Cheers,
    Steve
    Wish we had known there were 'friendlies' in Yakutat. Maybe you could have talked the lodge into finding some seafood for us...?!

    Amazing backyard you have there--thanks for sharing it. And I'll second the request for aerial pics--please!

    Cheers,

    MC

  20. #20
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    I was just flew down to the Akwe River ( the next larger river you crossed after the Dangerous River) to pick up some set net fish. I will TRY to fly down next week and get some pics.

    Steve

  21. #21
    Frt Range, CO
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    Quote Originally Posted by FarNorth View Post
    I was just flew down to the Akwe River...to pick up some set net fish....
    Just curious, do you land on the beach? What kind of plane, is this your business/occupation?

  22. #22
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    Just flying down with a friend to give him a helping hand. This last trip was in an Otter. Sand "strip" on the beach. They can land pretty much anywhere on the beach. Low tide of course. Have landed in Beavers, Otters, Cessnas, Beach 18's, Sky Ranger's, DC 3's, C46's. All on the beach up and down the coast.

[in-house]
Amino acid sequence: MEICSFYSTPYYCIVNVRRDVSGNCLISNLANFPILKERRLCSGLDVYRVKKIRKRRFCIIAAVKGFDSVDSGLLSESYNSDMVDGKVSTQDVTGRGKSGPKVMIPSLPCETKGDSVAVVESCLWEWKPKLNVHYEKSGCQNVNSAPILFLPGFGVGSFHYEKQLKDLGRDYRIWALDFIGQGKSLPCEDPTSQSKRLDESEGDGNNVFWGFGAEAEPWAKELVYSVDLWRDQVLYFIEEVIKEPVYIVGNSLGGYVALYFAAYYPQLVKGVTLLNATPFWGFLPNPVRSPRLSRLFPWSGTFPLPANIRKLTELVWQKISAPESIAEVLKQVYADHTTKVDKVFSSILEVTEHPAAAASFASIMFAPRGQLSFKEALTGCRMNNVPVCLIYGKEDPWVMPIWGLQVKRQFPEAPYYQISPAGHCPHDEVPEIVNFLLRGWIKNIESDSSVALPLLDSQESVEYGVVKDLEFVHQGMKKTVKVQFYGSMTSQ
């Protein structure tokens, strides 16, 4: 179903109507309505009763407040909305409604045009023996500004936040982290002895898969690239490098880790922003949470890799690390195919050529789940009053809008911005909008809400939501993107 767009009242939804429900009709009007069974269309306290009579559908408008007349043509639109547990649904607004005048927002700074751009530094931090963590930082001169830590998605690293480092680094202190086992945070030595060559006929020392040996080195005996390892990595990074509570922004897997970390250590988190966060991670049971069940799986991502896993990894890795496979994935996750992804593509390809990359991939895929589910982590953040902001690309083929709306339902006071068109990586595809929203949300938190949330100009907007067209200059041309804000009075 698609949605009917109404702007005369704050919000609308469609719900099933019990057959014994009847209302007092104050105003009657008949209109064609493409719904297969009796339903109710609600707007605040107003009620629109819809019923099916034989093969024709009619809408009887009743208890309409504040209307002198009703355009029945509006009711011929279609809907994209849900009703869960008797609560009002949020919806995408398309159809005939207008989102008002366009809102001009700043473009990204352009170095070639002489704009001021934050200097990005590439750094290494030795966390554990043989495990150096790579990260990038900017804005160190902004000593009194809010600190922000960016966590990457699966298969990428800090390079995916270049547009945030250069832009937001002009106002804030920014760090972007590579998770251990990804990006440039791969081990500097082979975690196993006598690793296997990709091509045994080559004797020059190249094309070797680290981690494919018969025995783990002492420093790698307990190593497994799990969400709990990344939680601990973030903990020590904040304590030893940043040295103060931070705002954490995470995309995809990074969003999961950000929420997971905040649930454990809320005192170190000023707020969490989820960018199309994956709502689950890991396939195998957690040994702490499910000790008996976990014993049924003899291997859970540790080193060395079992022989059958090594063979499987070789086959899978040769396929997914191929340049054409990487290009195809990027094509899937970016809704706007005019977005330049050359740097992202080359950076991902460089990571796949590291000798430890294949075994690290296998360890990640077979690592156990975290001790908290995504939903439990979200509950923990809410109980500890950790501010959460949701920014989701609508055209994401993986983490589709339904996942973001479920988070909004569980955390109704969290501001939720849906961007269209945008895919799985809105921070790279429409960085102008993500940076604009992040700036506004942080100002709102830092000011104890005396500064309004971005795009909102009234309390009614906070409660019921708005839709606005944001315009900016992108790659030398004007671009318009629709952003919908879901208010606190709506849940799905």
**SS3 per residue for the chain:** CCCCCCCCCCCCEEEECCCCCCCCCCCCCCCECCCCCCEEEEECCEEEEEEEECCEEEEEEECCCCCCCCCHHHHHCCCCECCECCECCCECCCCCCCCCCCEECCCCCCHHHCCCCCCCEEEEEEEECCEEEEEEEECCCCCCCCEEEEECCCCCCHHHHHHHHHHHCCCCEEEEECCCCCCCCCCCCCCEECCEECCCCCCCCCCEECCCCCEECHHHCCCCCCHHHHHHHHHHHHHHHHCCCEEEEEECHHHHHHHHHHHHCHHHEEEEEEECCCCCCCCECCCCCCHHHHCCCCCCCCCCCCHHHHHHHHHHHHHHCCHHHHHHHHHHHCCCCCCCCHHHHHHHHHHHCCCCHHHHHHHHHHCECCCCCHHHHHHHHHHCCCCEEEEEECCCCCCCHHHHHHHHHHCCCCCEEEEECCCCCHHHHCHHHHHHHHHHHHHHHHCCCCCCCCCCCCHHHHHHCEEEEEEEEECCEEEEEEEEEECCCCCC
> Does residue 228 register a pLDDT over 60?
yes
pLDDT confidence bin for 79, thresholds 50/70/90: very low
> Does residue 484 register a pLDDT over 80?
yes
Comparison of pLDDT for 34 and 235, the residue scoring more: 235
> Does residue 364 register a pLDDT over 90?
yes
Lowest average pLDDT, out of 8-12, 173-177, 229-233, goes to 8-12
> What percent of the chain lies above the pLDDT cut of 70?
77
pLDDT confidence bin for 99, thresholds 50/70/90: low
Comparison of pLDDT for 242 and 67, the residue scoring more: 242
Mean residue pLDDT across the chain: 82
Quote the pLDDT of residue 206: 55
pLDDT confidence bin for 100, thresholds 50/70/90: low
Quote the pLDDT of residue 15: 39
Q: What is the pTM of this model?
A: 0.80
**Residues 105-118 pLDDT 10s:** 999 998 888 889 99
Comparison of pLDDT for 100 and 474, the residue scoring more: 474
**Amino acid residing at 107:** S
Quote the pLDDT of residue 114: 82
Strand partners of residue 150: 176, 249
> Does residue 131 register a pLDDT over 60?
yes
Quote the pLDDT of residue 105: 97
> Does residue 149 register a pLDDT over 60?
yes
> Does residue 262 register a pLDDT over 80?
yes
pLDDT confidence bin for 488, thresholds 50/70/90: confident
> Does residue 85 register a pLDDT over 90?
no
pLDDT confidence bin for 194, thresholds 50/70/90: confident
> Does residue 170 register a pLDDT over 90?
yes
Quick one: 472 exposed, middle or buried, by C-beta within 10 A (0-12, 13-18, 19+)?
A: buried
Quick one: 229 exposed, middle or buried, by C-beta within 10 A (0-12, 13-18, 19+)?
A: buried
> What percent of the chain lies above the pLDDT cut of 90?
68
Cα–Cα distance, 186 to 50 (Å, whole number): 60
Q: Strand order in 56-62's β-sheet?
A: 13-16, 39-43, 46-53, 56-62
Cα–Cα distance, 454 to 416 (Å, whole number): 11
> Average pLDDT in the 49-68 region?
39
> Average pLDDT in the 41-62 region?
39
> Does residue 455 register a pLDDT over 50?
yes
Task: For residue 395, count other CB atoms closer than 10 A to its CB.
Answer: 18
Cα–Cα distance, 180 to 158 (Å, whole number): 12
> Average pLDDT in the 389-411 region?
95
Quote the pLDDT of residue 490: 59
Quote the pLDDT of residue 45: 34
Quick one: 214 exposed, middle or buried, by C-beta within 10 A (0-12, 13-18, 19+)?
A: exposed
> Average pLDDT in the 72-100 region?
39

I found out through the years, its better to have friends with planes then to own one.

    Cheers,
    Steve

  23. #23
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    Bearbait,

    Did you all use a single speed set up and what type of gearing? Once again congrats on a safe and successful trip.

    Steve

  24. #24
    Caveman
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    kinda, singlespeed with 2 cogs on a freewheel. 2 of us had single cog white industries freewheels, Roman had vertical dropouts and ran a old school campy derailleur w/ 2 gears. gearing was generally 22-20, but some had a bit lower and higher.

  25. #25
    No, that's not phonetic